The Lost Garden



Since before literature existed, men have expressed their sense of the imperfection of the world by creating, in their imaginations, ideal worlds whose inhabitants are free from the burden of old age, the harshness of the seasons and the need to struggle for survival against nature and their fellow-men. The best known of these worlds is, of course, the Garden of Eden, the account of which conveys the belief that man was created for an existence other than the one in which he actually finds himself, that he is now a stranger in an alien land, struggling for existence in hostile surroundings, destined for death and compelled laboriously to produce those necessities of life which the earth once freely gave to him. The Christian belief in the New Jerusalem, on the other hand, expresses the conviction that man’s present exile is only temporary: through faith and the grace of God he will be brought back by Christ, the second Adam, into a heavenly paradise corresponding to the earthly paradise once forfeited by the first Adam. The Christian myth of ‘the eternal return’ is, however, only one version of a belief which appears continually in many different literatures and religions.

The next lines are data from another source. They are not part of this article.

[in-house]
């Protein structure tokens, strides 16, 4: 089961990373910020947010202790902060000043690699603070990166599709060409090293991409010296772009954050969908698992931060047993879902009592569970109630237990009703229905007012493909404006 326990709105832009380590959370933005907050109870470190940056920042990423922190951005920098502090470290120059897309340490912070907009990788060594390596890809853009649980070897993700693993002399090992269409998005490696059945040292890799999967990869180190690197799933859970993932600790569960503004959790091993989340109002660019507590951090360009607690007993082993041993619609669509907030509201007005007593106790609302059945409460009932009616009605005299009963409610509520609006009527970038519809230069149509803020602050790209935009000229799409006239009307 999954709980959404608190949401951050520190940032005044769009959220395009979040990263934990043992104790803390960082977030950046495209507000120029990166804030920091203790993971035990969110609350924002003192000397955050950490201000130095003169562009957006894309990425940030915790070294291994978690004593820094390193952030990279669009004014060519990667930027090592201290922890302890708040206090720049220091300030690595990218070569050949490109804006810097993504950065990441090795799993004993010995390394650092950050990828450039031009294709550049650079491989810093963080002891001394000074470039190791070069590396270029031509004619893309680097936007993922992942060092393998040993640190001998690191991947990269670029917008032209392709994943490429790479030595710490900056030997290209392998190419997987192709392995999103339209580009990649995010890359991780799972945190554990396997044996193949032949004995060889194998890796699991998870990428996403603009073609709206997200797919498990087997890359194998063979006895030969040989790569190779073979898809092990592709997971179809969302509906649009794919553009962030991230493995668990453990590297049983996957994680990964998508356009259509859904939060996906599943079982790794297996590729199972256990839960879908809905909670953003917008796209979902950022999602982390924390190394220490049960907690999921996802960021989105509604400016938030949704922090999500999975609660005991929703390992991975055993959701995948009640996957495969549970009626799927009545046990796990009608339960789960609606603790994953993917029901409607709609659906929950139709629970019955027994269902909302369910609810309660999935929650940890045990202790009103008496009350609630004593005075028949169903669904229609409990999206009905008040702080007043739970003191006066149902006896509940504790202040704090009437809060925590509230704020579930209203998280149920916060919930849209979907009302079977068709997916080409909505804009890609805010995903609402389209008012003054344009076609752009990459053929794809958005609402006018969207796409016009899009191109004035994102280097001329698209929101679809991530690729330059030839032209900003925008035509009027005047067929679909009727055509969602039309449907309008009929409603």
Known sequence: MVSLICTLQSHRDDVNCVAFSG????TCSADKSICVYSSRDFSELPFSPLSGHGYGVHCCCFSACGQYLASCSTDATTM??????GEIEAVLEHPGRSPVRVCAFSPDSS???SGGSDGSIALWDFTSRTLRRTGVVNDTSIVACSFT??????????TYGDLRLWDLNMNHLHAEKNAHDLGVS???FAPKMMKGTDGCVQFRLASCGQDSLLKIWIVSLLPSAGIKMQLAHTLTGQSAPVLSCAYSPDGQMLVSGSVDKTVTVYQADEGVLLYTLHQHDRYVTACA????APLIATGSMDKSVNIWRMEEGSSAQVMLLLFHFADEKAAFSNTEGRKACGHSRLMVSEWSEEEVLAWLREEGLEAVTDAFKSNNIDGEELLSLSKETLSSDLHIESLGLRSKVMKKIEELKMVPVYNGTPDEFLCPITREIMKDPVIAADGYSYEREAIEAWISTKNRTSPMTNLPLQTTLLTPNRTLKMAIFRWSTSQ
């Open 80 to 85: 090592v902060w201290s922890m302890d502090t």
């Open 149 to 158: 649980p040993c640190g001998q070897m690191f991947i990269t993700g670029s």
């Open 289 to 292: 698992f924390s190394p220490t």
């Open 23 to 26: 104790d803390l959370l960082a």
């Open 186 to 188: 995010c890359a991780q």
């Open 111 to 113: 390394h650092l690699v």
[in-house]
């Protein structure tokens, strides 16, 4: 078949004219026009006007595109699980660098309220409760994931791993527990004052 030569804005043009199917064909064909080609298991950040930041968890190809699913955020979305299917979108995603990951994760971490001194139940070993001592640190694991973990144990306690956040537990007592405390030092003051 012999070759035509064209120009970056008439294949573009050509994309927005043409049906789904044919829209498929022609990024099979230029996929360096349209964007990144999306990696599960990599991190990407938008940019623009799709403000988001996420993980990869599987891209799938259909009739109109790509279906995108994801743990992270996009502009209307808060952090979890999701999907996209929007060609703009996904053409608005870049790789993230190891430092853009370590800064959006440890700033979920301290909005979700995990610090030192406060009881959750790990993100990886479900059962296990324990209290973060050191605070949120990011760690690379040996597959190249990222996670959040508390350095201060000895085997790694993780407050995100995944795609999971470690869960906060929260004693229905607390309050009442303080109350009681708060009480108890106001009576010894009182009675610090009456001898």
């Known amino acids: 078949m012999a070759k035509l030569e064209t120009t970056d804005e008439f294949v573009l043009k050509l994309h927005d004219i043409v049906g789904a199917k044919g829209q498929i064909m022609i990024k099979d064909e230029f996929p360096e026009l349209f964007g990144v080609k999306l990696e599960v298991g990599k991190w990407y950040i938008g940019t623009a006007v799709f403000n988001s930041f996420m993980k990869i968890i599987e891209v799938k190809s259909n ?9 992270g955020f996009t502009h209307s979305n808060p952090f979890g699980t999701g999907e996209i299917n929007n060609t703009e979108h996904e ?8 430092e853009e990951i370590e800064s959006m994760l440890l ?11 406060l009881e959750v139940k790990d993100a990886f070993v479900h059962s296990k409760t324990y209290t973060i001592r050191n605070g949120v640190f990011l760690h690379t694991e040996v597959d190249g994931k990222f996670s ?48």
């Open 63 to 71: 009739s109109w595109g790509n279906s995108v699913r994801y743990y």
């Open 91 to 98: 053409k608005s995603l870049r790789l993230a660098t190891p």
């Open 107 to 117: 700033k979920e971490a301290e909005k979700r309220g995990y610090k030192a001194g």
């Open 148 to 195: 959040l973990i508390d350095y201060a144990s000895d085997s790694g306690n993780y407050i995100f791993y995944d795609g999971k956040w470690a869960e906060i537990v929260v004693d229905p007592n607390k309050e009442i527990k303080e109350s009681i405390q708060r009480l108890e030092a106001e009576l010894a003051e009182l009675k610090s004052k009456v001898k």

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Notes and References

  1. 1.
    Mircea Eliade, The Myth of the Eternal Return, trans. W. R. Trask (Bollingen Series, vol. XLVI, New York, 1954) p. 91.Google Scholar
  2. 6.
    Richard Hakluyt, The Principal Navigations Voyages Trafiques and Discoveries of the English Nation, 12 vols (1598–1600; Glasgow, 1903–5) vol. VIII, p. 305Google Scholar
  3. 7.
    Montaigne, ‘Of the Caniballes’, in Essays, trans. John Florio, 3 vols (1603; London, 1965) vol. I, p. 220.Google Scholar
  4. 15.
    Maynard Mack, ‘The World of Hamlet’, Yale Review, XLI (1951–2) 517.Google Scholar
  5. 17.
    See D. C. Allen, ‘The Degeneration of Man and Renaissance Pessimism’, Studies in Philology, XXXV (1938) 202–27Google Scholar

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© John Wilders 1978

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